Saturday, October 20, 2012

"Full Circle" by Judy Crowe

"Full Circle"  16x16 oil on linen

Hi Friends and fellow artists!

I hope this post finds you well and getting to paint a lot if you are a fellow artist!  It's been a long time since I've blogged....can't believe how fast the time passes and we just don't realize it.  I haven't dropped off the edge or anything but I have been busy as usual.  In between family responsibilities and caring for an aging stepmother, I've been painting a lot too.  I'm really looking forward to next week.  I'm teaching a workshop on Monday in Bellville Texas, my first in a while.  It's a one day workshop and here is the info if anyone is inclined that direction.  You can also email me or call me if you have questions and it's not to late to sign up if you are interested.

One Day Still Life workshop

Location: Holland Street Gallery, Bellville, Texas
United States
This is a one day workshop.  We'll paint the still life and have fun!  Learn how to set up a still life and paint the whole thing from start to finish.  My hope is that each of the students will take home a painting they are proud to say is their own.
Please contact Judy or Jane McKinley at the Holland St. Gallery for more info.
Contact Information:
Jane McKinley
979 865 4278 or 979 885 9259
I'll be traveling to Tucson, Arizona by the end of next week for the annual American Women Artists show.  In addition to the gallery show is our museum show that will be held at the Sonora Desert Museum there in Tucson.  The painting above is my piece for the museum.  The theme of this museum show is "Visions of the Southwest" featuring still life, landscape and sculpture depicting the Sonoran Desert and it's inhabitants.  Here is a little info about the painting and my ideas that inspired the work and some research which I totally enjoyed.  During my research, I learned so much about our native american brothers.....  Take care and thanks for taking the time to read my blog.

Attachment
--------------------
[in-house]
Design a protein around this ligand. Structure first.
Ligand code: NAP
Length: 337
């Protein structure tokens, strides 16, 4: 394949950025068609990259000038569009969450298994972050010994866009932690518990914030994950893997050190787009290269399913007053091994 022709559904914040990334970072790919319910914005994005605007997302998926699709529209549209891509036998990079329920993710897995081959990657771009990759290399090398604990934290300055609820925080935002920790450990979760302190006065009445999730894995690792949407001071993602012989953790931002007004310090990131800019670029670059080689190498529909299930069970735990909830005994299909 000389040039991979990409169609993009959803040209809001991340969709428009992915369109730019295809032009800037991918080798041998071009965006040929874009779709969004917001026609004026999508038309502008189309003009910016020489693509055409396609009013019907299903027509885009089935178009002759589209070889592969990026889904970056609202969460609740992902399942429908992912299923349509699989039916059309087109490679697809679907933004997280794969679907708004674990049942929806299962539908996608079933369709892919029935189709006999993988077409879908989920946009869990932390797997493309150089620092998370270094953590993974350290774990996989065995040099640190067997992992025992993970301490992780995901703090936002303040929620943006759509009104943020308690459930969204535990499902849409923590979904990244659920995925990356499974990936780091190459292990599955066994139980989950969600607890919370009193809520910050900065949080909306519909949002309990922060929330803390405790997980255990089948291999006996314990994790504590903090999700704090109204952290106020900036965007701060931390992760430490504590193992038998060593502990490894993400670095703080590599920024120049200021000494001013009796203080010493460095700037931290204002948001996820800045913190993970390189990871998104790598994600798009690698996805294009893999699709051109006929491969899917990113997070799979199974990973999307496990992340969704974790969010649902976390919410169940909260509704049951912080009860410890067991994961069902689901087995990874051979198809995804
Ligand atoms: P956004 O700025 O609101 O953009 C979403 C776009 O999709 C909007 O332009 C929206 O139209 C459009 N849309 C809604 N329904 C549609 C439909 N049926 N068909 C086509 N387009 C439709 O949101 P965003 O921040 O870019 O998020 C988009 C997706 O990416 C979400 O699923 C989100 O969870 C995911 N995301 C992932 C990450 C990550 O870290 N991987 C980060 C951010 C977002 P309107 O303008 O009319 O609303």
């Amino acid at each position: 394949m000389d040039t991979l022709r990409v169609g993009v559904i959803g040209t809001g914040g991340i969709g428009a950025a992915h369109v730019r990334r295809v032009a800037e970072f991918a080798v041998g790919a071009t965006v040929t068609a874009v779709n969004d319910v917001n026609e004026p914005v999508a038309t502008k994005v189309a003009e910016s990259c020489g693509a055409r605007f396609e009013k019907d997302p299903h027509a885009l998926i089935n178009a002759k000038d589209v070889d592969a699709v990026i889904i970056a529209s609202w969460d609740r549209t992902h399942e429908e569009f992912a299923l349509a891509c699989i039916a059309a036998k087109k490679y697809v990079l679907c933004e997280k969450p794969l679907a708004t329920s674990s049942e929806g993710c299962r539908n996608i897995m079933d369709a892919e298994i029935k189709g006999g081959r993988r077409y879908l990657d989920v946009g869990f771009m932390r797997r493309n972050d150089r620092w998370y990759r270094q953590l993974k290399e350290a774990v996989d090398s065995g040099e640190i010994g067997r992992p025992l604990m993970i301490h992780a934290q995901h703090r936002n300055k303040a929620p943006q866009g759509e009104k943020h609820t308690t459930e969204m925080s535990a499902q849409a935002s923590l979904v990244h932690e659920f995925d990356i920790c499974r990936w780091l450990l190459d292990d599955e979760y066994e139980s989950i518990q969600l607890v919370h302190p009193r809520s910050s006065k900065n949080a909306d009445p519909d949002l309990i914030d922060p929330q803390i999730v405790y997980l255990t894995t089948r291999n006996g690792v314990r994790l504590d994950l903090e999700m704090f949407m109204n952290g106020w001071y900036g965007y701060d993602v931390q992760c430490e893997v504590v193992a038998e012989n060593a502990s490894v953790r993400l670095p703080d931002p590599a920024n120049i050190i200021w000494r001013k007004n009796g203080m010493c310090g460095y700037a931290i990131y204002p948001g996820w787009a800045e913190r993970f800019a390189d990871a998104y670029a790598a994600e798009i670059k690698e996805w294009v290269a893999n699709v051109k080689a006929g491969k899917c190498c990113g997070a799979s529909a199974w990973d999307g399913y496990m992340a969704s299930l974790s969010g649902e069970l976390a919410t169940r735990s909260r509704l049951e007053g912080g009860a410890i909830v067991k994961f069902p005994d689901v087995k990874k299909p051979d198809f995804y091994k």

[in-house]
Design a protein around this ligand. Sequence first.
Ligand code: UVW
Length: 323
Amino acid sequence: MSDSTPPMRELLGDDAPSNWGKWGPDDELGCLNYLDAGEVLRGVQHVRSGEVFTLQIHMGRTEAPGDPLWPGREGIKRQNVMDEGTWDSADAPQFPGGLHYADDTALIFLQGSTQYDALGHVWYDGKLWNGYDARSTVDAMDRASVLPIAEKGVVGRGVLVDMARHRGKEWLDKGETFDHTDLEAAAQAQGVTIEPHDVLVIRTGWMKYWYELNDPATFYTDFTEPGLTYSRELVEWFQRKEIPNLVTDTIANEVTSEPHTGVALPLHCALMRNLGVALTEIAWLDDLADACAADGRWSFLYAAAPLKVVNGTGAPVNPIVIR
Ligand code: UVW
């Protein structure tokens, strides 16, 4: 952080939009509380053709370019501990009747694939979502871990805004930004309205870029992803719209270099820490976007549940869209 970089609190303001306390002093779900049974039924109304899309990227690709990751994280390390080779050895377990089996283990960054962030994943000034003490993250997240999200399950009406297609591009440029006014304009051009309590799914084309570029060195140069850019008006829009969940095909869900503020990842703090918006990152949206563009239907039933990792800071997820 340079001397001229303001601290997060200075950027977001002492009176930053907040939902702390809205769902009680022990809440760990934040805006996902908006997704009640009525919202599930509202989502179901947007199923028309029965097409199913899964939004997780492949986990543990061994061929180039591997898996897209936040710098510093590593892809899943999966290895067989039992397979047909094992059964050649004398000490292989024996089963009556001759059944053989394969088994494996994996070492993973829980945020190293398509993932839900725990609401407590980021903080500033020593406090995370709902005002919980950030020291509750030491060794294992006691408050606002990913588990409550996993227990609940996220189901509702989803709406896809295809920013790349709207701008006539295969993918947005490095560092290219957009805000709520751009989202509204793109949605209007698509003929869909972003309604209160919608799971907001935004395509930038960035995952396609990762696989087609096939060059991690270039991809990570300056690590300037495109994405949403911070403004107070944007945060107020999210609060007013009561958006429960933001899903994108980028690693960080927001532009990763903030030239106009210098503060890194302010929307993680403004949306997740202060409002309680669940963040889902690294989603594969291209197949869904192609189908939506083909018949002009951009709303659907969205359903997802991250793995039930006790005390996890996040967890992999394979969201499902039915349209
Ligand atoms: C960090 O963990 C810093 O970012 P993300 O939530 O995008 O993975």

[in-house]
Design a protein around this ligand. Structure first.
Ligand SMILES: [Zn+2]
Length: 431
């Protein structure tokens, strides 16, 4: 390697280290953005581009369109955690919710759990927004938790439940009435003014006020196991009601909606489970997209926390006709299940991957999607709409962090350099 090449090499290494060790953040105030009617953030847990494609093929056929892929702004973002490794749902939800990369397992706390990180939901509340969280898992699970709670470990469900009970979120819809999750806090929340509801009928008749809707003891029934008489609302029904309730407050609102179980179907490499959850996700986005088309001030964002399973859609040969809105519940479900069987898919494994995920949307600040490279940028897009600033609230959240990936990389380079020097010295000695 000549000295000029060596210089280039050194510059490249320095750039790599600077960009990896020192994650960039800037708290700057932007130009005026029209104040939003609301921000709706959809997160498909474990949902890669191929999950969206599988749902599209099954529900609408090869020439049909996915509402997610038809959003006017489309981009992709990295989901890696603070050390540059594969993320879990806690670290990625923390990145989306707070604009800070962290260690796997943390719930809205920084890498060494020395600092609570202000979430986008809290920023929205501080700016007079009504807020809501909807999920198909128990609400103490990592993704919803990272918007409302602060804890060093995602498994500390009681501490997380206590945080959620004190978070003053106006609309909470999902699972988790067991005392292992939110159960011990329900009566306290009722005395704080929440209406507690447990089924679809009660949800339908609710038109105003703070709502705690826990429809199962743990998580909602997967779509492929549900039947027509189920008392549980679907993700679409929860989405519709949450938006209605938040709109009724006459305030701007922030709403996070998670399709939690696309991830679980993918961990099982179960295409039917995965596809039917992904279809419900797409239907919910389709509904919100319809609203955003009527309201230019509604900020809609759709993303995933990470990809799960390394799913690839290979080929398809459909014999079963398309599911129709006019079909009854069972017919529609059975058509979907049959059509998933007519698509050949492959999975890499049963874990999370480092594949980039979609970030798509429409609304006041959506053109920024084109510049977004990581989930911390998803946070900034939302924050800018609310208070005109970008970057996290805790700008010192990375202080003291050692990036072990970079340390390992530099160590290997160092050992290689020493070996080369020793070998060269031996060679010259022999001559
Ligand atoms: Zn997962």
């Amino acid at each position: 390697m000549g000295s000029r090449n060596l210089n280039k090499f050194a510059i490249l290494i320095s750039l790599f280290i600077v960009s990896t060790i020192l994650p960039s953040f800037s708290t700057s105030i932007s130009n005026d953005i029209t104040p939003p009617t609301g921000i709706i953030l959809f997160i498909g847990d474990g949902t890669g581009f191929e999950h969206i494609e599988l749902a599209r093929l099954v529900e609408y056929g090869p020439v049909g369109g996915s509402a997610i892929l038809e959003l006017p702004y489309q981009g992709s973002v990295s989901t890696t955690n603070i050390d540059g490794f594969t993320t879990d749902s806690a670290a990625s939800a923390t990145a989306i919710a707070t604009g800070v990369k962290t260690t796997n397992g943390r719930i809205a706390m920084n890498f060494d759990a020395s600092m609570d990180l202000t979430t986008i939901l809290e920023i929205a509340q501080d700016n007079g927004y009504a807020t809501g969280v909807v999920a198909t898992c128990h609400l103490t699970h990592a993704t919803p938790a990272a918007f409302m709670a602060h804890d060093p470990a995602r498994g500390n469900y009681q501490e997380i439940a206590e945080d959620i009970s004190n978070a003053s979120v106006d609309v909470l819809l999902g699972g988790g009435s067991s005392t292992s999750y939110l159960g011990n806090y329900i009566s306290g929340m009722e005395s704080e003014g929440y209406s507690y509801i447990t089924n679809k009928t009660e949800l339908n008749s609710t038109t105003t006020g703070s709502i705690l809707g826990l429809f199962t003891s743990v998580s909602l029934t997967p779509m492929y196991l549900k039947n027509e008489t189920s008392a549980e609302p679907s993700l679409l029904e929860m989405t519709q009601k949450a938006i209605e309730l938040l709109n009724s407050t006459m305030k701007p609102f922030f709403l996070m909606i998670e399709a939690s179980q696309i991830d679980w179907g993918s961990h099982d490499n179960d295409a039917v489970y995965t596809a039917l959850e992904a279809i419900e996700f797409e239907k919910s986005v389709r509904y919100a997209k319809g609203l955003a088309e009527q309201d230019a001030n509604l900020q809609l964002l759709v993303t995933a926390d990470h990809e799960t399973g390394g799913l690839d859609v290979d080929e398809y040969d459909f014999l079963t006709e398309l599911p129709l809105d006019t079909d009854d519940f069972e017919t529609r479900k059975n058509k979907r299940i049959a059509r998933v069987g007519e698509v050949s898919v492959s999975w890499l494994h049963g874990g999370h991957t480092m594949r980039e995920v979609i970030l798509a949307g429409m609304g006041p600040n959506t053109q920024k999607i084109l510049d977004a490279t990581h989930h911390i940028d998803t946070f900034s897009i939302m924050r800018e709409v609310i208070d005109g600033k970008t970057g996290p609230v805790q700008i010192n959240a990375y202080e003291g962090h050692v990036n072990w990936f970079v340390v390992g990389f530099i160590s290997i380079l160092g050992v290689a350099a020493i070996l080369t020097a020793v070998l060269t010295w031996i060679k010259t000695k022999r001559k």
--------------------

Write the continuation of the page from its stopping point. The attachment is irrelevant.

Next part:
“Full Circle” by Judy Crowe
The wedding vase is a treasured and sacred element of many Native Southwest American Indian tribes, particularly the Navajo and Pueblo peoples. The vases are a beautiful and symbolic part of the ceremony performed just prior to the wedding.

First the groom offers his bride the vase his parents have made for the couple and she drinks from one side. She then turns the vase, and the groom drinks from the same side.  In the culmination of the ceremony, they both drink from the wedding vase together from opposite sides attempting to drink without spilling the nectar made for the ceremony by the medicine man.

The vessel itself is beautiful, but its design and construction are an integral part of its meaning. The two spouts represent the couple, both the bride and the groom. The rounded base suggests the couple’s shared lives. The looped handle portrays this unity in a visual way, much like a wedding band is a visual reminder of the deeper, spiritual connection that a husband and wife share. The handle creates a circle in the center of the vase that represents the circle of life.
There is power in the circle in the Native American culture.  The sky and earth are round.  The wind whirls in a circular motion. The sun comes up and goes down again in a circle, as does the moon.  Birds make their nests in circles. The life of man and all living things, flowers and animals, is a circle, from life to life.  My painting, “Full Circle”, embodies these ideas in a representational way by depicting elements of life from man-made objects that will decay.   The animal pelt, bird’s nest and flowers are here today but will, as all living things, pass on.  The Bible says that the grass withers, flowers fade and our lives are like a vapor, but there is one thing that remains: the Love of God.

1 comment:

  1. Beautiful painting! I enjoyed your comments explaining the story behind the vessel and the circle of life. Glad to see you back on your blog!